Audrey Young is the New Zealand Herald’s political editor.

Audrey Young: Harsh lessons about telling truth in politics

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Gaffes by Turei and McClay bruising for those closest to them.
Illustration / Guy Body
Illustration / Guy Body

Two politicians found themselves in trouble this week, one for not telling the truth, and the other for telling the truth.

Both were damaging.

Green Party co-leader Metiria Turei was telling the truth as she saw it, that in order to improve affordability of housing, house prices needed to fall by up to 50 per cent. She didn't say they needed to fall fast. In fact she said they needed to fall gradually to prevent a crash.

But she didn't think it through and Labour was smeared with it, less than two months into the memorandum of understanding between the two parties.

Disregarding the political carelessness of her comments, they also breached the agreement because Labour was not warned in advance that Turei was going to posit such a controversial policy. Andrew Little and John Key seized on them.

Little needed to distance himself quickly from the Green policy. The only thing scarier than the prospect of falling house values for a home-owner is a politician with a plan for falling house values - and Labour cannot be associated with that plan.

Home ownership rates have been declining, but at 63 per cent, it is still a significant group whose sense of present and future security is tied up in property.

Labour's plan to address the supply and demand side of Auckland housing, combined with the new Up and Out unitary plan, may indeed result in lower house prices. But the official aim is to "stabilise" prices, to reduce the rate of increase, as is National's.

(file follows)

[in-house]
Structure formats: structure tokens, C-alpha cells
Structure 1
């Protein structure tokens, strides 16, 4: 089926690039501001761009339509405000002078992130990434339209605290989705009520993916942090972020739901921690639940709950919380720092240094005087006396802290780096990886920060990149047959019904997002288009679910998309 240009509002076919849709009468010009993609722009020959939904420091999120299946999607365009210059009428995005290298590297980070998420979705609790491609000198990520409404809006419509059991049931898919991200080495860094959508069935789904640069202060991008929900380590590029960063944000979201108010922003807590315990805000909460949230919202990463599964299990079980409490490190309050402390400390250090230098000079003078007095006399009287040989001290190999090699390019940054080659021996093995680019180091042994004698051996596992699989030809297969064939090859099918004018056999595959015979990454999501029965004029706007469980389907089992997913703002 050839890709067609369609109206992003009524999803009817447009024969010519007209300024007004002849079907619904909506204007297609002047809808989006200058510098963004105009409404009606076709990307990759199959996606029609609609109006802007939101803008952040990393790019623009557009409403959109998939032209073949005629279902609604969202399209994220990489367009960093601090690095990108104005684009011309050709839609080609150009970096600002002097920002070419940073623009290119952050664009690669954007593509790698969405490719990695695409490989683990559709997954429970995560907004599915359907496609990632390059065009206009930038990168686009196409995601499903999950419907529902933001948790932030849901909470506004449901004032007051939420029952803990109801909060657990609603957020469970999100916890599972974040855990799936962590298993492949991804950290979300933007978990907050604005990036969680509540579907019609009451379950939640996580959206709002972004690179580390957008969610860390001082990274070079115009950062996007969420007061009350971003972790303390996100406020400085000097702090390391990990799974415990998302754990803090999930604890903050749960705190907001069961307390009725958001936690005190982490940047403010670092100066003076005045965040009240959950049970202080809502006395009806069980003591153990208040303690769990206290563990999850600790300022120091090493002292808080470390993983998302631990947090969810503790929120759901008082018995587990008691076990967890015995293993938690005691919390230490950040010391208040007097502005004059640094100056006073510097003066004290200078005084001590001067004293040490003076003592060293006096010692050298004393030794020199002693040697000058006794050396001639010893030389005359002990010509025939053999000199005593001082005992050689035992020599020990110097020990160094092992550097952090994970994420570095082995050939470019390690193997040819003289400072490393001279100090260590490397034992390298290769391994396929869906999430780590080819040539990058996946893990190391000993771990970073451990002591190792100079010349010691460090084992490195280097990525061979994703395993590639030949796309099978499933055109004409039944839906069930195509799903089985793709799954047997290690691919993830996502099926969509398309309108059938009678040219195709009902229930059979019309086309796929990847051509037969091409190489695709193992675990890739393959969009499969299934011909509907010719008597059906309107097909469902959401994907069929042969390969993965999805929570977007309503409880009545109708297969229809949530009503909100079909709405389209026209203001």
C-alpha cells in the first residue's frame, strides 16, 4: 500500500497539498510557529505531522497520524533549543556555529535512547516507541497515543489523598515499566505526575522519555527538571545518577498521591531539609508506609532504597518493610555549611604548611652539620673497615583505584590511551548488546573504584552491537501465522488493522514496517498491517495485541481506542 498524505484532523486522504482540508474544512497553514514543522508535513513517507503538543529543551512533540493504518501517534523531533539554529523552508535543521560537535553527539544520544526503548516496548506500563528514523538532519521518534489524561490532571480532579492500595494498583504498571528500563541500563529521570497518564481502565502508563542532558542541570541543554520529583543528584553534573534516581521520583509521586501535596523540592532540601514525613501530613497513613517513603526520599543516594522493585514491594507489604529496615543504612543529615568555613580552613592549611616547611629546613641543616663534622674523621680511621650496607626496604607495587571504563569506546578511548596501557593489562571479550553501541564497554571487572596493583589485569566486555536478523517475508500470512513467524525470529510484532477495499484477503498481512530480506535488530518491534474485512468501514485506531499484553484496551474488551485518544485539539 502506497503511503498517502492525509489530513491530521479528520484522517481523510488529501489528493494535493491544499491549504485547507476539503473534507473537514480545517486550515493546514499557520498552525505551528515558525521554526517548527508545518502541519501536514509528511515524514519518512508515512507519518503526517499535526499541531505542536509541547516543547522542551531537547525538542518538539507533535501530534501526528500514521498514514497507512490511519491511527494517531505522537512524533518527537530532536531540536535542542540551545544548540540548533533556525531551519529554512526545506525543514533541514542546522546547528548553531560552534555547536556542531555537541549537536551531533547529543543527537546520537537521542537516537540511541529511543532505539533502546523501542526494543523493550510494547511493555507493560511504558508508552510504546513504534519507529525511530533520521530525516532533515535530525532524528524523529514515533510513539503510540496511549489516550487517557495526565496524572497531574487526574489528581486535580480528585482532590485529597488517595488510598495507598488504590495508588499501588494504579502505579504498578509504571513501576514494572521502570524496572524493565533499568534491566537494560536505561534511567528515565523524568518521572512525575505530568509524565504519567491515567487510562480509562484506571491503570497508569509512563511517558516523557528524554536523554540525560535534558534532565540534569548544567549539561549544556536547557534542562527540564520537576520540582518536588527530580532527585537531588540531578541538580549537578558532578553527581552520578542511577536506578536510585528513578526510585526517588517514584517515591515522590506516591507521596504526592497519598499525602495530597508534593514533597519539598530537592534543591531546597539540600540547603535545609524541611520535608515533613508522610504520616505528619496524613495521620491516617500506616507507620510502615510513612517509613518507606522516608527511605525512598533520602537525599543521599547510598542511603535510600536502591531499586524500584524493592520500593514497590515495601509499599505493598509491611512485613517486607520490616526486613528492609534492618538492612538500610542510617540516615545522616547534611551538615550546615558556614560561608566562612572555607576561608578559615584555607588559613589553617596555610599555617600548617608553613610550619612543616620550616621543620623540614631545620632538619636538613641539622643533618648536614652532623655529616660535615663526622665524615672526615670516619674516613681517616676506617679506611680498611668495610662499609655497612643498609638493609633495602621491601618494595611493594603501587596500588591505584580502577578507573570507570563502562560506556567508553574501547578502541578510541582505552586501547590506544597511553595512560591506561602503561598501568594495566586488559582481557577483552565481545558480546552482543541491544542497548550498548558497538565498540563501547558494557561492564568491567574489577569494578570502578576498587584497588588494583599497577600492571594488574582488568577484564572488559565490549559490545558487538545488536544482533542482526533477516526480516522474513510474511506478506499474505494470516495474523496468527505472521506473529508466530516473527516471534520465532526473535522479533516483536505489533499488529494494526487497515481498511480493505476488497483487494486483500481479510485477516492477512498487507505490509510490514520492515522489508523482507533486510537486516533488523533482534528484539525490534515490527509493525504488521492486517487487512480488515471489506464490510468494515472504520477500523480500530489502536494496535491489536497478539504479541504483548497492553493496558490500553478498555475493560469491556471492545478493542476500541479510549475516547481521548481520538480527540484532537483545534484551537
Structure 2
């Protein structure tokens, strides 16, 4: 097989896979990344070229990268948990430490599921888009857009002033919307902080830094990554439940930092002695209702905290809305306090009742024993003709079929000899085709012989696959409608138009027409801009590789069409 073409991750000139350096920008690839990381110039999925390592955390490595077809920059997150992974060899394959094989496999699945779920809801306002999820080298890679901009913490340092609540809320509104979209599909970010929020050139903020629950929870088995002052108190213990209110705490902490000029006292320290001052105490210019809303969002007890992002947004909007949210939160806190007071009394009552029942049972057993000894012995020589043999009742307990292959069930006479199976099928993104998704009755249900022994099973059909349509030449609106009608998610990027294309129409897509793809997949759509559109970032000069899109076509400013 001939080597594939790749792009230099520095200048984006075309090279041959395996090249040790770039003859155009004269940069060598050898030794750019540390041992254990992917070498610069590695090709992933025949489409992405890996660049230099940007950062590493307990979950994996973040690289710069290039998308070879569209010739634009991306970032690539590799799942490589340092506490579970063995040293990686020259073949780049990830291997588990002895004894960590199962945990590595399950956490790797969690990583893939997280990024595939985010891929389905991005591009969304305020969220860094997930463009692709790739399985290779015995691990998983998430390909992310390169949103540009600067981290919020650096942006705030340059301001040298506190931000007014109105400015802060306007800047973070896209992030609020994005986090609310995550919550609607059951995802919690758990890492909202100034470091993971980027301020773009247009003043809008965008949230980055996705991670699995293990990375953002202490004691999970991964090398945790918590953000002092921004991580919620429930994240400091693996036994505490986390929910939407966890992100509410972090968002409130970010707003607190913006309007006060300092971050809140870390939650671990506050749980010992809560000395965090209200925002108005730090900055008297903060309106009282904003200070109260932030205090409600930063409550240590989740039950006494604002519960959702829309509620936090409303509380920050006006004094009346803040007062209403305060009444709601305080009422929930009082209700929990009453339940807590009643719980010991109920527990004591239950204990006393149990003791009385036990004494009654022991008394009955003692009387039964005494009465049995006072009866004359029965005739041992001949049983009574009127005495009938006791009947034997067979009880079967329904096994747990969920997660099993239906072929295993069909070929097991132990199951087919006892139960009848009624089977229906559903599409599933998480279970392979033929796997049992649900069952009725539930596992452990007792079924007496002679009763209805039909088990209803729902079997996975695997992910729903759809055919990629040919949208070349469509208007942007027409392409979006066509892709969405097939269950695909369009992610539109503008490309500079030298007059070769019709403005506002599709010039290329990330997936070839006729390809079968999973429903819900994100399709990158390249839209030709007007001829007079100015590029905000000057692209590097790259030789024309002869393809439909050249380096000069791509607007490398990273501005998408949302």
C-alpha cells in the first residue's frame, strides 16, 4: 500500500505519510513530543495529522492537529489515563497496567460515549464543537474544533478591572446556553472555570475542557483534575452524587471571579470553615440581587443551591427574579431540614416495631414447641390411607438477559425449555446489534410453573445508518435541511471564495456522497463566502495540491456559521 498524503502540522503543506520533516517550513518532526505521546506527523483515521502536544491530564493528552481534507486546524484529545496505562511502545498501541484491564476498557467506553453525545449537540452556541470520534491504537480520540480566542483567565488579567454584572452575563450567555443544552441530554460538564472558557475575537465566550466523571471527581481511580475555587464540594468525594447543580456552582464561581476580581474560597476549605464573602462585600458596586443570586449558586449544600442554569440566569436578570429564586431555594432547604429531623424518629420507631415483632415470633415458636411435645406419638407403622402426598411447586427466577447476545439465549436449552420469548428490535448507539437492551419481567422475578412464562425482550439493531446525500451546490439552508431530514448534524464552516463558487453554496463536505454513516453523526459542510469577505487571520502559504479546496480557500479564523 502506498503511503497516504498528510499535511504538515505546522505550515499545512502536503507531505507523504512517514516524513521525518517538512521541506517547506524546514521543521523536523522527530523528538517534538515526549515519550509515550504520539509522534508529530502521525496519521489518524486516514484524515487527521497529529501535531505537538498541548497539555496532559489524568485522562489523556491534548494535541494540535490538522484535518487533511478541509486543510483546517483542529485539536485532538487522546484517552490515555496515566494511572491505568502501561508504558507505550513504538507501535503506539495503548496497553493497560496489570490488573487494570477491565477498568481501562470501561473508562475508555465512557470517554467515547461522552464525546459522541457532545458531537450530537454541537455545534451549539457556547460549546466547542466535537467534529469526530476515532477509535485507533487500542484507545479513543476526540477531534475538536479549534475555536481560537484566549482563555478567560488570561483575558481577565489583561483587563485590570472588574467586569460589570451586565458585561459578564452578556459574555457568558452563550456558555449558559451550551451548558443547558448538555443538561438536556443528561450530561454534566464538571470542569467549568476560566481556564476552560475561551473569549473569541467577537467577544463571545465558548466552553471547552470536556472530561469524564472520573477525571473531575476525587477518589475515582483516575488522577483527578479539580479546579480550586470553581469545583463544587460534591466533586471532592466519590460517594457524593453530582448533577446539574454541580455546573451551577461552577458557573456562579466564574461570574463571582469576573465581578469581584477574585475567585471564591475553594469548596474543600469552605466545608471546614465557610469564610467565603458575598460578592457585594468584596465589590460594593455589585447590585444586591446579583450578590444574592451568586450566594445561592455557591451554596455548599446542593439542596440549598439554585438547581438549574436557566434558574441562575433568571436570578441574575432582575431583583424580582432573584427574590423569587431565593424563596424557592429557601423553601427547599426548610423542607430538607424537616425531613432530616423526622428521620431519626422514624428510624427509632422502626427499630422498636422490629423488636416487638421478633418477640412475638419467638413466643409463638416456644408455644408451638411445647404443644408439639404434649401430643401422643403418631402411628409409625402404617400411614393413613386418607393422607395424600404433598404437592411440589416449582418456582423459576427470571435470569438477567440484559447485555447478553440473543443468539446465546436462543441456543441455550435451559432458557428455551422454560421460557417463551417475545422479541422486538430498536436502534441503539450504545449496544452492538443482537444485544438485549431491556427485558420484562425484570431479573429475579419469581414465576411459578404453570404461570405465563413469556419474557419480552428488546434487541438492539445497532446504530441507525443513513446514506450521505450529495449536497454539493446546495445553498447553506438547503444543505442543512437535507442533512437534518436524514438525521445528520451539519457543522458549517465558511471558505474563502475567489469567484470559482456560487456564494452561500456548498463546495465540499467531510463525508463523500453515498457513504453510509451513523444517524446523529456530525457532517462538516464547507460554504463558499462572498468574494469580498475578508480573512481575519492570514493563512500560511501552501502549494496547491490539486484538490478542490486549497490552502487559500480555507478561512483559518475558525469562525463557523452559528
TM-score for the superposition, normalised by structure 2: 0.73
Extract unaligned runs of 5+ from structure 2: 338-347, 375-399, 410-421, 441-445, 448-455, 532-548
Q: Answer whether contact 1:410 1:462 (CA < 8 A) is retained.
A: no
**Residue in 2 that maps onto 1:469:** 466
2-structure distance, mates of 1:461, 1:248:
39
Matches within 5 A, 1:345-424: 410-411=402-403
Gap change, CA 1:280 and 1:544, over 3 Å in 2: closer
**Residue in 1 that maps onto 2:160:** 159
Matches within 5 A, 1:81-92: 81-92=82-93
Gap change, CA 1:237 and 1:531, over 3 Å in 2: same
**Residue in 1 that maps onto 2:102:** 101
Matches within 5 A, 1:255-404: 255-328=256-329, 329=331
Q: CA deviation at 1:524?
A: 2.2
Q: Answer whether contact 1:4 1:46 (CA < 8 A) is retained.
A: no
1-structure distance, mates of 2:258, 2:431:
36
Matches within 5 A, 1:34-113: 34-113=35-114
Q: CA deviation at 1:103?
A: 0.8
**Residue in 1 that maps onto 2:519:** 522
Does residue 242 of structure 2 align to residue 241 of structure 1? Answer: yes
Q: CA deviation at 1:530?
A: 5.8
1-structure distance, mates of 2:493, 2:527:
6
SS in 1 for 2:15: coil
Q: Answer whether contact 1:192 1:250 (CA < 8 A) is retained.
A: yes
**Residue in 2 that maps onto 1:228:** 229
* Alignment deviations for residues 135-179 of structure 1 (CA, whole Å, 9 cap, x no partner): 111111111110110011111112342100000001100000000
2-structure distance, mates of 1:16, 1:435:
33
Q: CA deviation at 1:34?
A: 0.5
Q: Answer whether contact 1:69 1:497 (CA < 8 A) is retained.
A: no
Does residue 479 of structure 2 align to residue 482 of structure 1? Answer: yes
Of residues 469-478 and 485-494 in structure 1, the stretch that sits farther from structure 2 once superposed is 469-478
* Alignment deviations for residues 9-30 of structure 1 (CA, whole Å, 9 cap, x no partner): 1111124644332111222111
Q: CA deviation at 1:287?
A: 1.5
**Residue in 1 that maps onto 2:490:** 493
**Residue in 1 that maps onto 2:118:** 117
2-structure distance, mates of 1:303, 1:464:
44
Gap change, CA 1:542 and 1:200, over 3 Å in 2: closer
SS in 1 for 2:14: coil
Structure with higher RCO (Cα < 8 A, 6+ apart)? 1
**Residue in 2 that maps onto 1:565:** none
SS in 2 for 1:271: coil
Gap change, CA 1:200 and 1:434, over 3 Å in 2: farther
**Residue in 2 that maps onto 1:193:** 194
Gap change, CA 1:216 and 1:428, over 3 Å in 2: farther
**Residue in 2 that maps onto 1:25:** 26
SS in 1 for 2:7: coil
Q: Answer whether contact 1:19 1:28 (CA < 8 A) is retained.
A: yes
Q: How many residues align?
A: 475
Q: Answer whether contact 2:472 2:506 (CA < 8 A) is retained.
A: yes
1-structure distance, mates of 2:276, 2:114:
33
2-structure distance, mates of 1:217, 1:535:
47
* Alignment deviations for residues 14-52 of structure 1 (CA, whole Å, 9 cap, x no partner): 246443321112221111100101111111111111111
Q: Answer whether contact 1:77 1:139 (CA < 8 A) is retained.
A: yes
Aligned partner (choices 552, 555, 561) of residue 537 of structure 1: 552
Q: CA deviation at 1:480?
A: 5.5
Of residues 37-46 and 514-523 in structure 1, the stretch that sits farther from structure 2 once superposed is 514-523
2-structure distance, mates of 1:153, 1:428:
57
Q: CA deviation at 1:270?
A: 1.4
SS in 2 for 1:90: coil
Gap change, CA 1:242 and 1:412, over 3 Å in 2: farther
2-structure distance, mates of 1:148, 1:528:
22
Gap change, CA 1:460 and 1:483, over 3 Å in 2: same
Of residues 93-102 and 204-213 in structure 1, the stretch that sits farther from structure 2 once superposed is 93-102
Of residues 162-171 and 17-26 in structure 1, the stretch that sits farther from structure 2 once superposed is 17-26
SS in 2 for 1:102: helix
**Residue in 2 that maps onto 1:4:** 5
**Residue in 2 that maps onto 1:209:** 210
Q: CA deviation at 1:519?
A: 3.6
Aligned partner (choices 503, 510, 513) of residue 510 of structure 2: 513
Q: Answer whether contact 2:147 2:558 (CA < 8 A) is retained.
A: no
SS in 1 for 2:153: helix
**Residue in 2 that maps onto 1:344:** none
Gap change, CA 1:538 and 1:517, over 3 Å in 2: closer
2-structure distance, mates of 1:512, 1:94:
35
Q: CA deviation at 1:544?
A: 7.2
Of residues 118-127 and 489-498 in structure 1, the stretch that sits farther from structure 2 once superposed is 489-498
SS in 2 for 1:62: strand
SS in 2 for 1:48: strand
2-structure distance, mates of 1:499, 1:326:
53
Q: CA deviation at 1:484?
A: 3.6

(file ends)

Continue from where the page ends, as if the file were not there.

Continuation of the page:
Key clearly couldn't believe his luck.

Since the MOU was signed, as a symbolic non-aggression pact, he has been looking for ways to link Labour to the more scary elements of the Greens.

The MOU is actually a fairly chaste set of rules for co-operation between the Greens and Labour, which Key will turn into an orgy at any opportunity.

They are married. They are in bed together, he said this week.

All complete tripe but it will be repeated many times between now and the next election, to tar Labour with a Green brush.

You can hear it already: A Green-Labour Government says house values must fall. It is a gift that National will return to no matter what qualification the Greens put around it and no matter how much Labour seeks to distance itself from it.

It is exactly what happened when the Greens decided to flirt with the idea of money printing to bring down the exchange rate and top up the EQC disaster fund. National invoked notions of currency collapses on a par with Zimbabwe, the value of savings being eroded and linked the whole catastrophe to Labour's economic plan. The Greens formally put up the white flag on the policy the following year but that didn't stop the damage being done.

The encouraging difference between then and now is that Labour learned from it.

Little quickly ruled out any association with Turei's comments. By comparison it was almost sanguine over quantitative easing, merely pointing out that a political party shouldn't be telling the Reserve Bank what to do and that it could print money already.

The Greens promote themselves as a party of principle and courage.

Turei was attempting to meet the challenge of former National leader Don Brash who told me three weeks ago that politicians of the left and right were terrified of saying house prices had to fall.